In a sign that endangered bats may be the next point of contention in the ongoing debate over ridgeline wind in Vermont, wind opponents asked for a hearing on GMP’s request for a permit to kill up to seven bats a year. The company says it faces economic hardship if it’s forced to curtail operations to fully protect the creatures.
Ridgeline wind project opponents want hearings on a permit application by Green Mountain Power to allow the deaths of a small number of endangered or protected bats each year by Lowell wind turbines.
In a March 25 letter to the County Planing and Zoning Commission, the Arizona Department of Game and Fish (AZGF) "states specific concerns and recommendations for birds, bats, and other wildlife in connection with the Red Horse 2 wind energy project, including a recommendation of two years of data collection as part of the site evaluation and pre-construction monitoring," he said.
Dr Barclay had mentioned he did not agree with Ontario Bat Guidelines for Industrial Wind Turbine projects. When asked why, he answered that the allowable threshold of killing seven bats per year per turbine was inadequate. With the numbers of turbines growing exponentially in North America, the cumulative effects of such a high fatality rate, on top of the effects of white nose syndrome, will cause harm to the species at the population level.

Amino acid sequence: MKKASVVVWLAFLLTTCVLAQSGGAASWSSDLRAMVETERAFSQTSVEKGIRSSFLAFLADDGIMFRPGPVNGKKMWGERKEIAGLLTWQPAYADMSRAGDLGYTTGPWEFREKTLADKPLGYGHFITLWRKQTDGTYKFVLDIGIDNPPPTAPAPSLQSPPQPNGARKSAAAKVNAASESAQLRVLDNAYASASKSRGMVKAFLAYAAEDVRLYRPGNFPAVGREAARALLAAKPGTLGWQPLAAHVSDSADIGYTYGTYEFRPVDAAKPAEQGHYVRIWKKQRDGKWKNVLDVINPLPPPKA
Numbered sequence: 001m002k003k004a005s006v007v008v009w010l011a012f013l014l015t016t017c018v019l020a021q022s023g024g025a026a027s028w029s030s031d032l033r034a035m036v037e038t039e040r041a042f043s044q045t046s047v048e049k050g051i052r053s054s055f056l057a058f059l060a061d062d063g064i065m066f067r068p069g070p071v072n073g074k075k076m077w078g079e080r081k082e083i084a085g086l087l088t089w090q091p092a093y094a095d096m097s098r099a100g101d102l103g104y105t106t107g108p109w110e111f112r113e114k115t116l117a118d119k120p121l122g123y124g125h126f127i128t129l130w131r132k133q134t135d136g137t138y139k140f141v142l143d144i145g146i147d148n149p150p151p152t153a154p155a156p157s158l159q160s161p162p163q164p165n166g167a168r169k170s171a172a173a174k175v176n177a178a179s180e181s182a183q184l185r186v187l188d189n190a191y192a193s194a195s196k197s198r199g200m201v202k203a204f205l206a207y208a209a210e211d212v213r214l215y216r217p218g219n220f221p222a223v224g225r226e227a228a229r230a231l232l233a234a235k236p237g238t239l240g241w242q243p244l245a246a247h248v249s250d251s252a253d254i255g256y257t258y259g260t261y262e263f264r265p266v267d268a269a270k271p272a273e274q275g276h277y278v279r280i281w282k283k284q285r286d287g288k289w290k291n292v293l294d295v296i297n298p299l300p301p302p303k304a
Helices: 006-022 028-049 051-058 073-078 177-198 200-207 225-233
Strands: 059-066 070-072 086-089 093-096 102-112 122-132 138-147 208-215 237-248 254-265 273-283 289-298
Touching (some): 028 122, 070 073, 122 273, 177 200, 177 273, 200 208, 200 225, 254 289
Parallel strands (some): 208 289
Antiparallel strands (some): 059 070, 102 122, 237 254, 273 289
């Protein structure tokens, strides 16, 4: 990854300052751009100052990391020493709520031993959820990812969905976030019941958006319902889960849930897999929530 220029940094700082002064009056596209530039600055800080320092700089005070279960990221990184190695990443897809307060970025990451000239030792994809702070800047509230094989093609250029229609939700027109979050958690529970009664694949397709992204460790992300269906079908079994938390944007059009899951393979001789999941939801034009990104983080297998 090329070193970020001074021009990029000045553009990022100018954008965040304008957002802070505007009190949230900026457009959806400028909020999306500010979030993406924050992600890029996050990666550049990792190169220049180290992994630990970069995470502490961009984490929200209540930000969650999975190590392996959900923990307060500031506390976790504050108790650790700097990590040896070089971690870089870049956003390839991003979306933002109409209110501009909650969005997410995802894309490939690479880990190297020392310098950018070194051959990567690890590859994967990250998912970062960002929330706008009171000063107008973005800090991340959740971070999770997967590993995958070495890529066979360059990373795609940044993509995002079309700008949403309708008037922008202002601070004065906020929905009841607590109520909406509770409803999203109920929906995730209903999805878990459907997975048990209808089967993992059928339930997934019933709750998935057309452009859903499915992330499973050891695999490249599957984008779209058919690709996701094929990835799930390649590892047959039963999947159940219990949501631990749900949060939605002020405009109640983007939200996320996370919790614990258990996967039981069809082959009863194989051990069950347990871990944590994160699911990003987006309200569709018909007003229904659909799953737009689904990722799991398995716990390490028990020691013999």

"Animals at night fly right into them," Carter said. "Imagine them flying at night 300 to 400 feet off the ground so they don't bump into a tree. Now wind turbines are in their fly space." Which is why USFWS required NextEra to increase the cut-in speed to 7 meters per second, from a half hour before sunset to a half hour after sunrise starting on July 15 and ending on Oct. 1 of each year.
Already a dead Golden eagle was found on February 25 at a wind turbine generator in the Spring Valley, a place with a dense population of eagles. Those who knew thae area had predicted eagle mortality was likely, but no one thought it would be so soon after the project was completed.
A yellow-bellied bat has put the brakes on plans for a massive wind farm near Dundonnell. The 89-turbine project will have to jump through another hurdle after Planning Minister Matthew Guy ordered an environmental effects statement (EES) to see if there would be any impact on the yellow-bellied sheath-tailed bat.